• Conjunctival, scleral, papules
  • Conjunctival, scleral, redness
  • Corneal edema, opacity
  • Corneal injury, cut, tear
  • Corneal neovascularization, pannus
  • Corneal ulcer, erosion
  • Lacrimation, tearing, serous ocular discharge, watery eyes

Pain

  • Discomfort Signs/Skin pain

Skin

  • Integumentary Signs/Parasite visible, skin, hair, feathers
  • Integumentary Signs/Skin edema
  • Integumentary Signs/Skin erythema, inflammation, redness
  • Integumentary Signs/Skin papules
  • Integumentary Signs/Skin plaque
  • Integumentary Signs/Skin pustules
  • Integumentary Signs/Skin wheal, welt

Biology and Ecology

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A general overview of the biology and ecology of S. invicta can be found in Vinson (1997). Not all primary sources of information can be cited due to space limitations and the high volume of available references.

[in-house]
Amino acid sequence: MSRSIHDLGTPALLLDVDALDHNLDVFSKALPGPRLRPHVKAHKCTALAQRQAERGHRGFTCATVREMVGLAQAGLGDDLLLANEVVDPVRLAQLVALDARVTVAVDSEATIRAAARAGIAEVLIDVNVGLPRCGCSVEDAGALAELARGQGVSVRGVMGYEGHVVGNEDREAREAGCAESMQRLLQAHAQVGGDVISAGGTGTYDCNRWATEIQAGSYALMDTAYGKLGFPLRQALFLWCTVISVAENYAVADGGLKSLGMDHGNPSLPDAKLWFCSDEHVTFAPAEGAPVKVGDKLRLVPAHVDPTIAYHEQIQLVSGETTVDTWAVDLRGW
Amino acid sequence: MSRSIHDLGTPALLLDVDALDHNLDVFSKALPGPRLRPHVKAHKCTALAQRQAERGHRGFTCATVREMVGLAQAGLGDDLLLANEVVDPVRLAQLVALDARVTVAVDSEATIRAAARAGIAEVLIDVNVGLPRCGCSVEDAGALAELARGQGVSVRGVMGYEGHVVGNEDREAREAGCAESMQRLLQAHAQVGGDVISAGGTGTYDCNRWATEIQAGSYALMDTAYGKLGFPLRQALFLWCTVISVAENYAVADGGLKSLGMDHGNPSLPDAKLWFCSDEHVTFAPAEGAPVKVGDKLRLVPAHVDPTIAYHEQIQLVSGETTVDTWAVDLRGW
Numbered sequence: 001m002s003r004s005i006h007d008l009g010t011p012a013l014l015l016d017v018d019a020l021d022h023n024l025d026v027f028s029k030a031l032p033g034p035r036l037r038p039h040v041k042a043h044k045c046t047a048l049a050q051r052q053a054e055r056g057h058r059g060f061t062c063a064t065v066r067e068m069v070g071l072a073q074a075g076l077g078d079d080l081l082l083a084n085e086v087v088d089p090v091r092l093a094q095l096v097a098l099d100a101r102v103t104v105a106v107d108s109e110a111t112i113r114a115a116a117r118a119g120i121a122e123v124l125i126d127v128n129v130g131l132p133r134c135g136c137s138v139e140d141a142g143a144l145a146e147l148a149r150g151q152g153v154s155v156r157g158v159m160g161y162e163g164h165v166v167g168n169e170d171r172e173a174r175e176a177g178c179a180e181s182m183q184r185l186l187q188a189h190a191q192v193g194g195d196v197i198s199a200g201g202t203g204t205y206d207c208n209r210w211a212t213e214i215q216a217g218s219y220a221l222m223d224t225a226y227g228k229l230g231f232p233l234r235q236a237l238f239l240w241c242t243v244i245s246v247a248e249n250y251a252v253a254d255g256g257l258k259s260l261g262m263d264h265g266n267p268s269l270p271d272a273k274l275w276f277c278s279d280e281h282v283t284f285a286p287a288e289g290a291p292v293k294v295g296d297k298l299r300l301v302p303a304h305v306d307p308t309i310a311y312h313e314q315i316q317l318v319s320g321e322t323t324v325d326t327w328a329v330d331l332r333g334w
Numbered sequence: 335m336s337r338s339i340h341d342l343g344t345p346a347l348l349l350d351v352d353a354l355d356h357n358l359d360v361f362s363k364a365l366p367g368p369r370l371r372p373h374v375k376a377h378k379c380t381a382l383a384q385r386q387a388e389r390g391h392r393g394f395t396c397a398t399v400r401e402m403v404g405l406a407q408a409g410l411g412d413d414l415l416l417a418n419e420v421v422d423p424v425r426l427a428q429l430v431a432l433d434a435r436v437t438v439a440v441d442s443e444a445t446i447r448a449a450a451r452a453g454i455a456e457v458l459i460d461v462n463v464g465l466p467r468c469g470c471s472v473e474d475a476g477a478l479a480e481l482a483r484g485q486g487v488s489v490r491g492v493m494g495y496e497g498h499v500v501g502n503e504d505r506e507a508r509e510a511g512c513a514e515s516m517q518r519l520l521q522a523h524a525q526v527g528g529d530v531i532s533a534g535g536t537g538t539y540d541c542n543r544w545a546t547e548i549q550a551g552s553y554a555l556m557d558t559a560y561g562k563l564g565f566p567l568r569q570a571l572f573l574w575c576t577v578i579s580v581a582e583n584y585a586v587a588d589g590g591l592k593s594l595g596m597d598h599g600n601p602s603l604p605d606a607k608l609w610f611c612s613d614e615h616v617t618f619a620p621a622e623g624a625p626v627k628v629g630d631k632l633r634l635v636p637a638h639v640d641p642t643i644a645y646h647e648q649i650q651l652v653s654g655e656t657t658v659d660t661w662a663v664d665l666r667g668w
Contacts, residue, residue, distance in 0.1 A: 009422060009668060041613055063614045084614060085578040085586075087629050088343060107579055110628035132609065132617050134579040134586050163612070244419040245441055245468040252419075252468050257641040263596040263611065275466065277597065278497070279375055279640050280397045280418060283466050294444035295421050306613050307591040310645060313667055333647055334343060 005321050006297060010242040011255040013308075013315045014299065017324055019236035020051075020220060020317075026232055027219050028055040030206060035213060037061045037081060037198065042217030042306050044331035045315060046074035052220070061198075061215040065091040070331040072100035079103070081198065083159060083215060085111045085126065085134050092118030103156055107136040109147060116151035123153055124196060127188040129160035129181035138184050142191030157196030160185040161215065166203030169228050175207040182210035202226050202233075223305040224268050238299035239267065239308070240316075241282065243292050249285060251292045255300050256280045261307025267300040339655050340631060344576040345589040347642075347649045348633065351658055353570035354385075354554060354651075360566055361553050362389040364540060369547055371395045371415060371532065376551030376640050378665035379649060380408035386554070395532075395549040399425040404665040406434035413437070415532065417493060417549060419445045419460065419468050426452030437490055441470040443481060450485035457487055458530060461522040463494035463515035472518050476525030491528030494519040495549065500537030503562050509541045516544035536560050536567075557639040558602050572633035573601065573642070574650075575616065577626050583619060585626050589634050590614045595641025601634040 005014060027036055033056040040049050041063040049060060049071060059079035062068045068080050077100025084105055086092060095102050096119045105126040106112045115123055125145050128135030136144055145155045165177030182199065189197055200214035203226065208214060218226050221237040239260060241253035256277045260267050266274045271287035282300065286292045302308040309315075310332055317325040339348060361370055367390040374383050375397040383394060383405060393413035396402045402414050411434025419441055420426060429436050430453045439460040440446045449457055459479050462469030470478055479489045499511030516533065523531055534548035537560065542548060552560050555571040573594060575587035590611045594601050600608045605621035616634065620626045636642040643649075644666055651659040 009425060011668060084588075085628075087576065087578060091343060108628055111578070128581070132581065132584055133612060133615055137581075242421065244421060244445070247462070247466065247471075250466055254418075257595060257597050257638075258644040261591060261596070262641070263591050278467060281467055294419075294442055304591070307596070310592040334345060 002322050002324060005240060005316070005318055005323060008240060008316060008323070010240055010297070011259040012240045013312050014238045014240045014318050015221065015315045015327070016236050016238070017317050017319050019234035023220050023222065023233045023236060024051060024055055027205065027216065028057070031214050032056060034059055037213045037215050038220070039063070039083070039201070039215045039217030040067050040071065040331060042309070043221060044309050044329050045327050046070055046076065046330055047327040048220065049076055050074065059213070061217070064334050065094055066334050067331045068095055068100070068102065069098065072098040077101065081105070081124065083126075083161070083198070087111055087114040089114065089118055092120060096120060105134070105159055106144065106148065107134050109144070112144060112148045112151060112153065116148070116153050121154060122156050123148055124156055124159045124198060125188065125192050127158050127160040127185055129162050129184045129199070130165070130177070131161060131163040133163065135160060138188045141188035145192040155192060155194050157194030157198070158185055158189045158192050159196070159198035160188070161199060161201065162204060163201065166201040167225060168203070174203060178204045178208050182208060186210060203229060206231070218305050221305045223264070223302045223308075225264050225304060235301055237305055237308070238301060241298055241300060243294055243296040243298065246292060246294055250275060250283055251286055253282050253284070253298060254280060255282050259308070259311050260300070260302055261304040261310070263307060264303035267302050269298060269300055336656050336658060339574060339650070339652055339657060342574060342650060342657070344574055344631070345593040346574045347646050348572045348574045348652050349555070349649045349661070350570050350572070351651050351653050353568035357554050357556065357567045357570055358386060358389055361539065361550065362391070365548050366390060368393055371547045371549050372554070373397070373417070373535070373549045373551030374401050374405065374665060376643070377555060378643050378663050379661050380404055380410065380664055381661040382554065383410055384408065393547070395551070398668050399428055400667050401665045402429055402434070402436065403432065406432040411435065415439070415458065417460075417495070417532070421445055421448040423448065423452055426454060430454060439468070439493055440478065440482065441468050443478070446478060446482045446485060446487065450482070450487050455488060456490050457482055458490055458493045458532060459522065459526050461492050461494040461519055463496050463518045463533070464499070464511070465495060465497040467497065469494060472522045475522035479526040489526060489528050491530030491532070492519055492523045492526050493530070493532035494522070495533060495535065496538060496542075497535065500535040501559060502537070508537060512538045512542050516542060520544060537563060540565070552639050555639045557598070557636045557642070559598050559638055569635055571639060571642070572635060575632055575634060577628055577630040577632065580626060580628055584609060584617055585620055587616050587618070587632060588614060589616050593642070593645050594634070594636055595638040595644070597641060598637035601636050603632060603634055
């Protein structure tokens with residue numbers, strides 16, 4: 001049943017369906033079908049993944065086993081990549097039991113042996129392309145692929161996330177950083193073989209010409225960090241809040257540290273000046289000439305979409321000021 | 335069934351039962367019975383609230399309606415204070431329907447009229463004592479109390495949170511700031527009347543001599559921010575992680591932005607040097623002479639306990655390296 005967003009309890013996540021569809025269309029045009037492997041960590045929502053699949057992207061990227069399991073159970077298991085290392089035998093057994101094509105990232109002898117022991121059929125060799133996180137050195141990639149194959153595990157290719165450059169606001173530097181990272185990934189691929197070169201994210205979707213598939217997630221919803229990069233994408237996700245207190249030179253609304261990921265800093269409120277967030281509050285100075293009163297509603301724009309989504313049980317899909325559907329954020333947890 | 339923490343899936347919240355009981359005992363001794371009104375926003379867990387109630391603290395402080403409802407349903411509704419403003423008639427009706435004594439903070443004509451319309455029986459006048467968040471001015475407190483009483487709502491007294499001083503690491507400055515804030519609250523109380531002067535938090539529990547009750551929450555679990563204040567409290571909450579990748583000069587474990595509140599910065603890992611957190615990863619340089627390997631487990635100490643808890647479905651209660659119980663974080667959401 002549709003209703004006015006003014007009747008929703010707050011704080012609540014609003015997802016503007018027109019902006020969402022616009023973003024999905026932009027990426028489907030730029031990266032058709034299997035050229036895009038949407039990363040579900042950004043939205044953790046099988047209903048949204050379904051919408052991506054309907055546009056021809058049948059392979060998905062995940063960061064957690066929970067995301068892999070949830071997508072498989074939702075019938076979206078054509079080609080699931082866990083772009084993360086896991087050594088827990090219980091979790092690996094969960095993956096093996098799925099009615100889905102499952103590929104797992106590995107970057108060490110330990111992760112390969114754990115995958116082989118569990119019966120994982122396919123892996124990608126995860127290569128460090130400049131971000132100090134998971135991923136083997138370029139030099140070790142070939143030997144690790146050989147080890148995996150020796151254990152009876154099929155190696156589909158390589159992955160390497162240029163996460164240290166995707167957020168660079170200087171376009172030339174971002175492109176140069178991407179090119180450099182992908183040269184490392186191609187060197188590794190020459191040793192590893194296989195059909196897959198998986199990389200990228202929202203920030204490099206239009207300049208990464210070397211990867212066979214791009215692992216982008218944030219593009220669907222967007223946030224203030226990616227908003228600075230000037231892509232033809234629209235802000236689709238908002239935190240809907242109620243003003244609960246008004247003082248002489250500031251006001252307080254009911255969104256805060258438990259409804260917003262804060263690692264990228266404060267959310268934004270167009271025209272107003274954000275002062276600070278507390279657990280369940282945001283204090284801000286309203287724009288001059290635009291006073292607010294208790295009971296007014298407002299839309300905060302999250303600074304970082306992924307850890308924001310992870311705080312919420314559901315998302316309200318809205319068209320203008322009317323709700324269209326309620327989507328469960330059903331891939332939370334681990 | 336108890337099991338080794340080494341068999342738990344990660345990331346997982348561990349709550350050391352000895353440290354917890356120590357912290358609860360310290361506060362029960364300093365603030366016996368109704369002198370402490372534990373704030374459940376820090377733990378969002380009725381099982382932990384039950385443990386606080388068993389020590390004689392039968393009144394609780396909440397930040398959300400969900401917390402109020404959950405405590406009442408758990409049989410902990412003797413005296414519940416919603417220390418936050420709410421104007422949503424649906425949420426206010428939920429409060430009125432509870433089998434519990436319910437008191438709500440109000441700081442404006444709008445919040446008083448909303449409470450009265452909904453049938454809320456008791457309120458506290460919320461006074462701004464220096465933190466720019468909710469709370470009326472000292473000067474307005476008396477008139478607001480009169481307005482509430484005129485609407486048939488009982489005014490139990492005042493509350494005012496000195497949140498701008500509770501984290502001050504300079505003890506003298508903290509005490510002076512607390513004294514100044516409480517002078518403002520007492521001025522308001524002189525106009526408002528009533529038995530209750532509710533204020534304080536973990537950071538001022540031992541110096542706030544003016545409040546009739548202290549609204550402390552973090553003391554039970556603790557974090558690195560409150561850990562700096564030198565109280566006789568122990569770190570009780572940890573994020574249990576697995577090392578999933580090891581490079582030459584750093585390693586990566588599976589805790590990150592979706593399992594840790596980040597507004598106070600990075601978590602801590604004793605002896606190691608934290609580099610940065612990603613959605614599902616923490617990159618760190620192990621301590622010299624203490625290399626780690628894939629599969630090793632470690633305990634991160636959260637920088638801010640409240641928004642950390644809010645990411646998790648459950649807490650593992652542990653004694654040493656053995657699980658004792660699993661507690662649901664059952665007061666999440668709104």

S. invicta is a social insect. The colonies usually produce hills, nests or mounds where they reside. The colonies are most common in open, sunny areas, but occasionally occur indoors and within structures such as utility housings or tree trunks. In clay-type soils, mounds may reach 30 to 40 cm high and 30 to 50 cm in diameter. The mounds have no entrance holes or central entrance hole on the surface. Inside, the mounds have interconnecting galleries that may extend 30 to 40 cm deep, although some tunnels can penetrate to the water table. Under extremely hot, dry conditions, colonies may live underground and not develop surface nests or mounds.